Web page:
Born into the dual diaspora of the Philippines and Ireland, Carol Anne McChrystal is a Los Angeles-based artist and designer. Her materially-driven sculpture and videos work through chemical processes and labor-intensive hand-making to explore the legacy of colonialism and trade, as well as the ways in which the climate catastrophe has compounded these histories of inequity. Inhabiting the tension between Earth’s immense history and the absurdly mundane everyday experience of plastic and labor, her practice consolidates painstakingly hand-made and mass-produced consumables in order to pry open a speculative space in which to resist the means-ends rationale of late capitalism.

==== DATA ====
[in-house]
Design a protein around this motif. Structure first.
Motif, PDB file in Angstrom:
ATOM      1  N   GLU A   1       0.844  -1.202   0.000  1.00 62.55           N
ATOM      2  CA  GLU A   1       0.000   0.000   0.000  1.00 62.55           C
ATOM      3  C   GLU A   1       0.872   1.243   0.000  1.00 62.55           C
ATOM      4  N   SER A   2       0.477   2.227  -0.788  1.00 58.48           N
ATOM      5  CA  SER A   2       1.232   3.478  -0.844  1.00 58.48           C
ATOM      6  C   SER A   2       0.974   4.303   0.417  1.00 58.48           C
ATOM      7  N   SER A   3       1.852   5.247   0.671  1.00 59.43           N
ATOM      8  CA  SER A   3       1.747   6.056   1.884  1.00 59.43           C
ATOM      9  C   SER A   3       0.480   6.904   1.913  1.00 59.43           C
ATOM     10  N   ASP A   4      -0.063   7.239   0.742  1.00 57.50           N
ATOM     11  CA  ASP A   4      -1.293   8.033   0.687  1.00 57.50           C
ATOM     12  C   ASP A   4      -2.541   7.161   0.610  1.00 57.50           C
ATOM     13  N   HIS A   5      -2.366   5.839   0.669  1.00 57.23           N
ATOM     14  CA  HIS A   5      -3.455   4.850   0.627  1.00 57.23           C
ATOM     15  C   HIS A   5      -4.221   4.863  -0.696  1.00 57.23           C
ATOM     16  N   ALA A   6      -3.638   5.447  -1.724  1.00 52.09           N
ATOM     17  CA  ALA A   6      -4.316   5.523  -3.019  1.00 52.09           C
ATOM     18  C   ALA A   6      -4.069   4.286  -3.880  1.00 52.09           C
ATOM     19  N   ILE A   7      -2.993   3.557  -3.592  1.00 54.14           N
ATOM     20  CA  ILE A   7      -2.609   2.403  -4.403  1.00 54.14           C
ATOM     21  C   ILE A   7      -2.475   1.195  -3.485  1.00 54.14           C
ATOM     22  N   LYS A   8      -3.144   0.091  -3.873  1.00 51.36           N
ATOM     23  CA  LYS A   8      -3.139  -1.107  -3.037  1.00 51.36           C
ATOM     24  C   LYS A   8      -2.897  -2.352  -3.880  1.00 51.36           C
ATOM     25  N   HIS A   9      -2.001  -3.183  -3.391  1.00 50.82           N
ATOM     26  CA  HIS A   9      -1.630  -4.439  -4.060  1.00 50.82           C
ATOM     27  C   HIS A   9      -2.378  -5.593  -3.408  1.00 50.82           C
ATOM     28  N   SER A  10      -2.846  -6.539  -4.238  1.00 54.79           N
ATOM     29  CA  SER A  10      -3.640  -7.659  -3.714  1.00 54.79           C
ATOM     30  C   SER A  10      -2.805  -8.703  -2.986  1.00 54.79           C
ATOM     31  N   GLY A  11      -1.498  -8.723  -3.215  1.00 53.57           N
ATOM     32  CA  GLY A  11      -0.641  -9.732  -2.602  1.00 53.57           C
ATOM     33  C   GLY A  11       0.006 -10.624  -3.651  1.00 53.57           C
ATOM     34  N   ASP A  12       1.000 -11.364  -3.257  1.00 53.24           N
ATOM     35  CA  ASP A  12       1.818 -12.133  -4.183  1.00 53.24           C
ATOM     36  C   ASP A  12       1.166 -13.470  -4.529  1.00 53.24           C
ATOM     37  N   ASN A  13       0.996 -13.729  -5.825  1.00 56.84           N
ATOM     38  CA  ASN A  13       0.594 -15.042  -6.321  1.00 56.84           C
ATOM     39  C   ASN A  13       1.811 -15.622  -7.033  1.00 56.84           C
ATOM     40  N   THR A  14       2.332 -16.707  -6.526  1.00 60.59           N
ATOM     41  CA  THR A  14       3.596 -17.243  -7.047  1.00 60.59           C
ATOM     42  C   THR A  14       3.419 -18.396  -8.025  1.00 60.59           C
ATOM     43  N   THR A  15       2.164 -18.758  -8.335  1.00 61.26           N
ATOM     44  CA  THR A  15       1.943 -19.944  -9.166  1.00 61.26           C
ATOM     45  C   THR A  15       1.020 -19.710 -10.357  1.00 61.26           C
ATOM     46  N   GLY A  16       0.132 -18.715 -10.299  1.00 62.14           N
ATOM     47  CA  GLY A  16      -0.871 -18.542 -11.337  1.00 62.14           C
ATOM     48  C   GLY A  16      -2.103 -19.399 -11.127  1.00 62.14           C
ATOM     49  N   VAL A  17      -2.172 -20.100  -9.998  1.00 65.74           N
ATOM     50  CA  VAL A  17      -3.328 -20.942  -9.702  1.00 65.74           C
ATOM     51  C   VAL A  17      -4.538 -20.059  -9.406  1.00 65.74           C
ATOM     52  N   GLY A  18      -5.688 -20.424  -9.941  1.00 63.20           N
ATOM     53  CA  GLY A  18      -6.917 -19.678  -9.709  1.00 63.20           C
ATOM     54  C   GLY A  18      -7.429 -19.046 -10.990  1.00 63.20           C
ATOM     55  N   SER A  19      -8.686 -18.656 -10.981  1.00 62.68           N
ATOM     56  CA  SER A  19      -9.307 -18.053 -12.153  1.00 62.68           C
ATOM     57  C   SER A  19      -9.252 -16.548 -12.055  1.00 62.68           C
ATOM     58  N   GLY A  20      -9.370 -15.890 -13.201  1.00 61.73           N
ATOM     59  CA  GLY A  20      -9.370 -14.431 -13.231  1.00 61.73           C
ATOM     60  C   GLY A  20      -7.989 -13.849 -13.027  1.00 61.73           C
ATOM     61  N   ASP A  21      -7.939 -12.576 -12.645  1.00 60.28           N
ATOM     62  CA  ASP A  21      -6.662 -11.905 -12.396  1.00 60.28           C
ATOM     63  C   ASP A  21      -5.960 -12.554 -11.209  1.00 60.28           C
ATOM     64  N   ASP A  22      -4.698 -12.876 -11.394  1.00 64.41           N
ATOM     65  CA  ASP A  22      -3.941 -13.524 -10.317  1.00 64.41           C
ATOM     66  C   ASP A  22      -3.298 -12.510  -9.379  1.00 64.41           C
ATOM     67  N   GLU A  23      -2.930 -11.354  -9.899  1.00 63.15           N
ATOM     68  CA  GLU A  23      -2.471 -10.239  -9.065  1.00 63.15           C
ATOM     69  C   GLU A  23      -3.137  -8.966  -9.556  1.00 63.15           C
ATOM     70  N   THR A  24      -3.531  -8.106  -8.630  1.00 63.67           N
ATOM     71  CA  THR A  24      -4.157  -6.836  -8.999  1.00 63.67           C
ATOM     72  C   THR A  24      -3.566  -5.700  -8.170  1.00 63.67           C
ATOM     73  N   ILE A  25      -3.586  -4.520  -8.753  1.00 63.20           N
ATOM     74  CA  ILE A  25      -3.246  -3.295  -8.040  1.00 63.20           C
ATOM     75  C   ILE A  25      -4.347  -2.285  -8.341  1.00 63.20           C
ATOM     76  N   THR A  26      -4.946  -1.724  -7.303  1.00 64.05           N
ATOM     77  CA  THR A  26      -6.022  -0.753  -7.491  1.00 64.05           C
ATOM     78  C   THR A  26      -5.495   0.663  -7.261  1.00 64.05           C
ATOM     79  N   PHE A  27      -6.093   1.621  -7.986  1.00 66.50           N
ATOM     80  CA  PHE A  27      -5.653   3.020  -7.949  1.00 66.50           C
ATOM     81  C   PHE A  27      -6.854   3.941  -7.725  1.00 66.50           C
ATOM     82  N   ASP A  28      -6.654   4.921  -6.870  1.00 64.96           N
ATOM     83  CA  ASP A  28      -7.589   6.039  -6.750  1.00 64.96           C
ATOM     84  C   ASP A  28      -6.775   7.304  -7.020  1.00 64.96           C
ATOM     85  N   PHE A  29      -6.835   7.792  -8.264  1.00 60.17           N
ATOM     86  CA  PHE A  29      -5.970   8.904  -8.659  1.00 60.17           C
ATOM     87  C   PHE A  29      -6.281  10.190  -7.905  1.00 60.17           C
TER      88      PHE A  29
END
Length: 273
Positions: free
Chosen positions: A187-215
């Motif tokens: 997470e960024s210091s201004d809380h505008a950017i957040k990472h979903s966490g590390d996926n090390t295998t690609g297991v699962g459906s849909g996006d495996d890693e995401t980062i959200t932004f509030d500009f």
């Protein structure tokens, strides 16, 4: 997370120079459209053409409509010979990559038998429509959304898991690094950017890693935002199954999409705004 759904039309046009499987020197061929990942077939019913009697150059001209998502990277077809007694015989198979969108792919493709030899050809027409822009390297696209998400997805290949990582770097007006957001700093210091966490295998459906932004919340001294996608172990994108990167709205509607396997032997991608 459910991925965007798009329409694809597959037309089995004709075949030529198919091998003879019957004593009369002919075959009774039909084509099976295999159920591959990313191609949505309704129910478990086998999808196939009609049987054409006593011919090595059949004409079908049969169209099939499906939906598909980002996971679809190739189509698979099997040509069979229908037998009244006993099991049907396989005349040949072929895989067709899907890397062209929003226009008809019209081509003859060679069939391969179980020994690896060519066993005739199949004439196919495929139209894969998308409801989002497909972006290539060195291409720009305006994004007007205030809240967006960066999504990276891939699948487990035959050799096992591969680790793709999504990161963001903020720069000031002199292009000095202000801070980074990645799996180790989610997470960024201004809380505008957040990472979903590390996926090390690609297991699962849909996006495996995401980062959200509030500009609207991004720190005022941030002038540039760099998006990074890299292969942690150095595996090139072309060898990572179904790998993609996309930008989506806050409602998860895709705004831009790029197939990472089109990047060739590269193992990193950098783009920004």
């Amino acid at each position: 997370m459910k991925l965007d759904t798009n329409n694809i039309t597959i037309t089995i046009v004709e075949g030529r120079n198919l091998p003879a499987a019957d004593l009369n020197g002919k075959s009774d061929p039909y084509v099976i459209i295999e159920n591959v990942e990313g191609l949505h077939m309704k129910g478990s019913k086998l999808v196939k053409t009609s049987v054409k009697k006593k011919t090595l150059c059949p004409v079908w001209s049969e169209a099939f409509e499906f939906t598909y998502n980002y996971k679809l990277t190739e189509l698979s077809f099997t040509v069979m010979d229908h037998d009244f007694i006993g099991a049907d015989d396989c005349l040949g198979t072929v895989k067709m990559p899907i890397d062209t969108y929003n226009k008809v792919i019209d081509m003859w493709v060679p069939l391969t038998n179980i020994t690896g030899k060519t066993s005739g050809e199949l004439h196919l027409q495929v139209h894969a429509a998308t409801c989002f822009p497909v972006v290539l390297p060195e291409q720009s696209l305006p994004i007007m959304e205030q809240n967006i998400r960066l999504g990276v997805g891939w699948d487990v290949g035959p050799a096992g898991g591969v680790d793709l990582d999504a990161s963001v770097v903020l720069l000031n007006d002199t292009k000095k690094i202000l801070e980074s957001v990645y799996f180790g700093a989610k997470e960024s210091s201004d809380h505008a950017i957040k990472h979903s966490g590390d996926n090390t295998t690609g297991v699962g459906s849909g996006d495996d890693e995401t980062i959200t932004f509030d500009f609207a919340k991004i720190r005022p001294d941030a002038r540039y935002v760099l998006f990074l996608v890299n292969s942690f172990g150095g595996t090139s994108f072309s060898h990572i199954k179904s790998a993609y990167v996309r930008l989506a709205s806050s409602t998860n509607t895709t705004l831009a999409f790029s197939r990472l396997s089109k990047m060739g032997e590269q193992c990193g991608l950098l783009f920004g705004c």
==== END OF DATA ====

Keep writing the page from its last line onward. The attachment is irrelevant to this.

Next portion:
Her practice has recently been focused on banig weaving—an ancestral practice that has its roots as much in utility as it does in beauty and aesthetics. For hundreds of years, the art form has been passed along from mother to daughter, and has traditionally been a way for indigenous Filipinos to create in community. Historically woven from the readily available leaves of the pandan palm and used primarily for sleeping, banig are considered to be the most basic form of shelter. Her take on the banig references a migrant workforce and threatened economic stability in the wake of increasing and intensifying global ecological disaster. The use of instant noodle wrappers, plastic labels and other discarded plastics invokes the gesture of using what’s readily available in the immediate environment and the resourcefulness ethos of doing the best you can with what you’ve got.